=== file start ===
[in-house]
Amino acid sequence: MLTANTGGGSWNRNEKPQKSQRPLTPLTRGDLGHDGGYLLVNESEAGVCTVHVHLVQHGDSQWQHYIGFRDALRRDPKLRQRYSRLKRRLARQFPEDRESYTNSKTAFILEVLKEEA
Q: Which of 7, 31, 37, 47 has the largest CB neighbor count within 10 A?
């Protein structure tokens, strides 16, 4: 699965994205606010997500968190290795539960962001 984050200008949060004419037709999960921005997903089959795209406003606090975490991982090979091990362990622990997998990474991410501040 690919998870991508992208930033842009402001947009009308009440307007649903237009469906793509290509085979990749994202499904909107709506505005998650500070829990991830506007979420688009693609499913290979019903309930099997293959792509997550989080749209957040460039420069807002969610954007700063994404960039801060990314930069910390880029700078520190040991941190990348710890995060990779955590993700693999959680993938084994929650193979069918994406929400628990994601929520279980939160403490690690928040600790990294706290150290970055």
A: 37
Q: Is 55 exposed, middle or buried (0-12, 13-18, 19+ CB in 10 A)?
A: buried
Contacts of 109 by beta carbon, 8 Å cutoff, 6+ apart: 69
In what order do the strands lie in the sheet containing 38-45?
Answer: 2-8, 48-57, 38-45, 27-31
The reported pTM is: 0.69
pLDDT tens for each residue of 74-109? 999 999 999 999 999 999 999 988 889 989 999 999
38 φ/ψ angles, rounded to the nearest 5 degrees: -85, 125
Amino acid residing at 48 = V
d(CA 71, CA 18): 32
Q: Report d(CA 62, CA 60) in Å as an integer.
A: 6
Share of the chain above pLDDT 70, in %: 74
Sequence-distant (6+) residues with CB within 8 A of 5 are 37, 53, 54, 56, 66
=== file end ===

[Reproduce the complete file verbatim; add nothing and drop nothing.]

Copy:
[in-house]
Amino acid sequence: MLTANTGGGSWNRNEKPQKSQRPLTPLTRGDLGHDGGYLLVNESEAGVCTVHVHLVQHGDSQWQHYIGFRDALRRDPKLRQRYSRLKRRLARQFPEDRESYTNSKTAFILEVLKEEA
Q: Which of 7, 31, 37, 47 has the largest CB neighbor count within 10 A?
């Protein structure tokens, strides 16, 4: 699965994205606010997500968190290795539960962001 984050200008949060004419037709999960921005997903089959795209406003606090975490991982090979091990362990622990997998990474991410501040 690919998870991508992208930033842009402001947009009308009440307007649903237009469906793509290509085979990749994202499904909107709506505005998650500070829990991830506007979420688009693609499913290979019903309930099997293959792509997550989080749209957040460039420069807002969610954007700063994404960039801060990314930069910390880029700078520190040991941190990348710890995060990779955590993700693999959680993938084994929650193979069918994406929400628990994601929520279980939160403490690690928040600790990294706290150290970055």
A: 37
Q: Is 55 exposed, middle or buried (0-12, 13-18, 19+ CB in 10 A)?
A: buried
Contacts of 109 by beta carbon, 8 Å cutoff, 6+ apart: 69
In what order do the strands lie in the sheet containing 38-45?
Answer: 2-8, 48-57, 38-45, 27-31
The reported pTM is: 0.69
pLDDT tens for each residue of 74-109? 999 999 999 999 999 999 999 988 889 989 999 999
38 φ/ψ angles, rounded to the nearest 5 degrees: -85, 125
Amino acid residing at 48 = V
d(CA 71, CA 18): 32
Q: Report d(CA 62, CA 60) in Å as an integer.
A: 6
Share of the chain above pLDDT 70, in %: 74
Sequence-distant (6+) residues with CB within 8 A of 5 are 37, 53, 54, 56, 66